The Lord’s Prayer and What We Learn From It

 

The Lord’s disciples were many in Bible times.

They followed Him as He faced ridicule and complaints. They listened to His teaching, watched Him heal family members and strangers. He fed 5,000 men and their families with five loaves and two fishes while they stood amazed. He gave His twelve apostles power and authority over the demons and to heal diseases then sent them out to proclaim the Kingdom of God.

Above all of that, His disciples watched Him pray. They saw Him as a Man of prayer. It was easy to notice His habit of going off by Himself to a quiet place to spend time with His Heavenly Father. They saw His commitment, His dedication, and the effects of Jesus’s prayers. With all they’d seen, through everything they experienced, what they questioned here – in Luke 11 – was not how to inspire a crowd or perform signs and wonders. They had a humbler request.

“Lord,” they said. “Teach us to pray…” (Luke 11:1)

The Lord’s Prayer

And Jesus gave them a pattern to follow. He taught them the Lord’s prayer – not named because it’s what He prayed but because it was what He taught. He provided a timeless treasure that we too can carry into any situation, any struggle, any celebration.

What We Learn – The Essentials

In the Lord’s Prayer – delineated in Luke 11:2-4 and Matthew 6:9-13 – Jesus provided several essentials of prayer that we, as His followers, can utilize through eternity:

  • Personal relationship with God – knowing Him as Father (Luke 11:2)
  • Honoring God and His Kingdom (Luke 11:2)
  • Seeking the Lord’s will (which, by the way, we cannot fully discern without knowing His Word) (Luke 11:2)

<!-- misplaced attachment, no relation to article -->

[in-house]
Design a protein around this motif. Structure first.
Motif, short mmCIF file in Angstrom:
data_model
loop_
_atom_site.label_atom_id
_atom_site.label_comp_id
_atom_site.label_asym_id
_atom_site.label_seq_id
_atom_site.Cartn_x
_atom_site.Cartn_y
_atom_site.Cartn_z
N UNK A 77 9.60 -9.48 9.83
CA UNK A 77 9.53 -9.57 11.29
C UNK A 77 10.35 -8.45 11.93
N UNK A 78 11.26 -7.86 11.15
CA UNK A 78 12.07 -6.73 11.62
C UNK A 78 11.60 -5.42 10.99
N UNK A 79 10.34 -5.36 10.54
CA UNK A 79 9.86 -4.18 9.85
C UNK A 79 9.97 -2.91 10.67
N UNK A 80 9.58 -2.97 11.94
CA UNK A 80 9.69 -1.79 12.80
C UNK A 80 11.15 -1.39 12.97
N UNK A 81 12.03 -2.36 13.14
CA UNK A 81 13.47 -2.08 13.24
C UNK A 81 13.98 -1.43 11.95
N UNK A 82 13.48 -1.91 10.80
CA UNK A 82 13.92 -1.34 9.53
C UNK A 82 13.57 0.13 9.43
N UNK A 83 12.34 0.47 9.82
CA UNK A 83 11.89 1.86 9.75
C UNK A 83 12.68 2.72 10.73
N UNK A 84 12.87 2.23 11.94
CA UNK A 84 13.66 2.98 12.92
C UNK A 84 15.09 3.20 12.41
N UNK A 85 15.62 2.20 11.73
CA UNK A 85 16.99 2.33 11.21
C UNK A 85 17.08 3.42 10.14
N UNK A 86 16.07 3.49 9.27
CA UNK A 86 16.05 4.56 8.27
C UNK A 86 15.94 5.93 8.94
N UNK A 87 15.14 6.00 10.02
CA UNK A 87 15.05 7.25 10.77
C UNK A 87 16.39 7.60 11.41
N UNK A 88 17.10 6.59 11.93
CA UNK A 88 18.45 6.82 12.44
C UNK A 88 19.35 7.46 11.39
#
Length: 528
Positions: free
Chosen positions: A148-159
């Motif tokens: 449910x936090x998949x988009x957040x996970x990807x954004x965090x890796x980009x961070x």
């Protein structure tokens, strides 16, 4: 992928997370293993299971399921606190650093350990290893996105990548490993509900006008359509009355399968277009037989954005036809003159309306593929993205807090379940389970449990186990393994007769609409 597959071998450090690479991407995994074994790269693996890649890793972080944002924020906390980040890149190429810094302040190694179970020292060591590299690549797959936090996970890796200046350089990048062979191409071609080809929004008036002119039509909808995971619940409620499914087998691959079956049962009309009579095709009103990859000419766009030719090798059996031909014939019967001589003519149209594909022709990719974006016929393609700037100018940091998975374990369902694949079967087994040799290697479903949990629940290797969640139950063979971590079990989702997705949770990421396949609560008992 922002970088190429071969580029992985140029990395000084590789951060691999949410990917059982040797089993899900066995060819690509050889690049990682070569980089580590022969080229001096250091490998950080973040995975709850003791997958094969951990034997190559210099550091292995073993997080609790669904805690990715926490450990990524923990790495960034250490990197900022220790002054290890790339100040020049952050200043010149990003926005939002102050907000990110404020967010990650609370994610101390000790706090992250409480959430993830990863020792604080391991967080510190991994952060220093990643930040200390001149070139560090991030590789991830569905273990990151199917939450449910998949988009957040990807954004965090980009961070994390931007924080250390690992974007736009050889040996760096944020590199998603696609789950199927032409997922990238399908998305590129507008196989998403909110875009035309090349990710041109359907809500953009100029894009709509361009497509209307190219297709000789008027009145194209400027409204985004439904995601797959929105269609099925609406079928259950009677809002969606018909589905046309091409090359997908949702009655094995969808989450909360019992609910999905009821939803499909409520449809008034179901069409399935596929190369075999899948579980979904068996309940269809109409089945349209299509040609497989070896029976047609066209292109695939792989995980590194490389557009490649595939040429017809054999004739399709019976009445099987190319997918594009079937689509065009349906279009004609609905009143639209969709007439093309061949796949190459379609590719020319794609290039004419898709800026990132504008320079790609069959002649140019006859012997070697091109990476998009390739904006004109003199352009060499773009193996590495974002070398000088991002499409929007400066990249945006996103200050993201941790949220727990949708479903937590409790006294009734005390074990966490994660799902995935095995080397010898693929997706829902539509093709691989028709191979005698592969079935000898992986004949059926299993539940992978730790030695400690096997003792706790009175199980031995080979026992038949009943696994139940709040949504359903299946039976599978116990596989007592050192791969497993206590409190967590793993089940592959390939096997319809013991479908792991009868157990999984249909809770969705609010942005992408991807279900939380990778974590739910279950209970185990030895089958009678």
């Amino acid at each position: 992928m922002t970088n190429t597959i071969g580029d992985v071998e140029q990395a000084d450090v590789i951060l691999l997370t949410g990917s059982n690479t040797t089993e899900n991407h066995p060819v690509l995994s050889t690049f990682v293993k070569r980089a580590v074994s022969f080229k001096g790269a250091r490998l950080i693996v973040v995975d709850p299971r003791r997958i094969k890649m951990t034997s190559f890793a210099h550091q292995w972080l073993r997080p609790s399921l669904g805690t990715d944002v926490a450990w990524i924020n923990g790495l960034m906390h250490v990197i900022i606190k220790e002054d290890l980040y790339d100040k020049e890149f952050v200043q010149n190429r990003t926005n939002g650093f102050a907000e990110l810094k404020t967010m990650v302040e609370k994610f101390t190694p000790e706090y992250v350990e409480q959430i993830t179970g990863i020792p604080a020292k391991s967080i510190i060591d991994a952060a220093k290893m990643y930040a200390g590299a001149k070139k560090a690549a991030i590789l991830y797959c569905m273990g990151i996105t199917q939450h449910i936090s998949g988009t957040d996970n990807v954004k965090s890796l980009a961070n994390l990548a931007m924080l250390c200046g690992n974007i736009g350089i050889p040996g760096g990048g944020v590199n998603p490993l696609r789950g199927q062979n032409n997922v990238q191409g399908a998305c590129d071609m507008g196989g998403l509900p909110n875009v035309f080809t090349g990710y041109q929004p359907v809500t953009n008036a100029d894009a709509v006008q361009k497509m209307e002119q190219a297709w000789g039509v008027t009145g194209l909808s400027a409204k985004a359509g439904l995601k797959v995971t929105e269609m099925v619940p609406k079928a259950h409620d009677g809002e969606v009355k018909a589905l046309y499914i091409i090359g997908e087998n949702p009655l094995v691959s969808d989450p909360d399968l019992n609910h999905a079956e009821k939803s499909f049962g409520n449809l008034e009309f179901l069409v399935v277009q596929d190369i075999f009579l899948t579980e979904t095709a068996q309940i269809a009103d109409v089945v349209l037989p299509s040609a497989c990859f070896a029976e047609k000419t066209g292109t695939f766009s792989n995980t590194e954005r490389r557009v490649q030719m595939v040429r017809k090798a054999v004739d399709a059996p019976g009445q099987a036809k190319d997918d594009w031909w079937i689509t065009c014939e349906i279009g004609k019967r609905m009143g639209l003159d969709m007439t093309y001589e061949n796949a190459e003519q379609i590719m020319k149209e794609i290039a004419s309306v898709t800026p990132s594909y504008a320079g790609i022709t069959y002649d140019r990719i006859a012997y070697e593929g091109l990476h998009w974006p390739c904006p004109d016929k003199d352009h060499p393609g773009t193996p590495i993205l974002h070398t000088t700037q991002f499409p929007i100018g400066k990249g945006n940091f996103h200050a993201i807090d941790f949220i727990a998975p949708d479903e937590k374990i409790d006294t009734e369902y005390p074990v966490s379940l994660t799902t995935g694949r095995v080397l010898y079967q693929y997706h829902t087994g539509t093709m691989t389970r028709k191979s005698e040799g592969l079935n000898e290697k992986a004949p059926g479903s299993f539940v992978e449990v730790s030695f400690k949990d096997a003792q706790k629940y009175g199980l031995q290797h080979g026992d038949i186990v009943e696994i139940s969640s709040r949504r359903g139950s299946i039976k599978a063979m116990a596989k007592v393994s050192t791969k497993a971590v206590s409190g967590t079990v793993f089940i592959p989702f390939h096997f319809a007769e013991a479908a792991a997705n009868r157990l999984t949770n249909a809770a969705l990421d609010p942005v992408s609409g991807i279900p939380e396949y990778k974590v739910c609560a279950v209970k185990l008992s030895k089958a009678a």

• Reliance on God for material and physical provision (Luke 11:3)
  • Reliance on God for moral and spiritual perfection (Luke 11:4)
  • Reliance on God for divine protection and direction[i] (Luke 11:4)

If we want to be like Jesus (and as His followers, that is our aim), we will develop similar habits and practices as His. Christ generously provided a model for prayer that is sure to keep us in the Lord’s will, help us commune with God, and lay our concerns at His feet.

His words were not flowery or filled with phrases from seminary instructors. They were simple, easy to follow, and concise. We can feel confident modeling the same approach to prayer.

The questions then arise; how often should we pray? Should we ask more than once? Through His life, Jesus modeled daily prayer. In continued instruction, He addressed persistence.

Persistence in Prayer

Jesus shared a parable of two neighbors in Luke 11:5-13. The first neighbor needed provisions to accommodate an unexpected guest. It was midnight and the second neighbor didn’t want to get up to help. Because the first neighbor’s persistence in asking, Jesus said, the second neighbor would “get up and give him as much as he needs” (HCSB).

These encouraging words of our Savior follow:

“So I say to you, keep asking and it will be given to you. Keep searching, and you will find. Keep knocking, and the door will be opened to you. For everyone who asks receives, and the one who searches finds, and to the one who knocks, the door will be opened.” (Luke 11:9-10 HCSB).

Have you asked but stand without an answer? Keep asking. Are you searching God but wish to see more of Him? Keep searching. Have you knocked and asked that the Lord open doors? Keep knocking. The promise of Scripture is that persistence – and patience – pay off.  Our Father in Heaven is generous, kind, and loves to lavish good gifts on His children.

The Lord provided the model of prayer with both His life and His teaching. When we follow His example, seek Him, His will and His timing, heavenly promises await. To God be all the glory.

May you find the blessing of prayer today.

Love,

 

 

[i]  Wiersbe, W. W. (1996). The Bible exposition commentary (Vol. 1, p. 215). Wheaton, IL: Victor Books.

 

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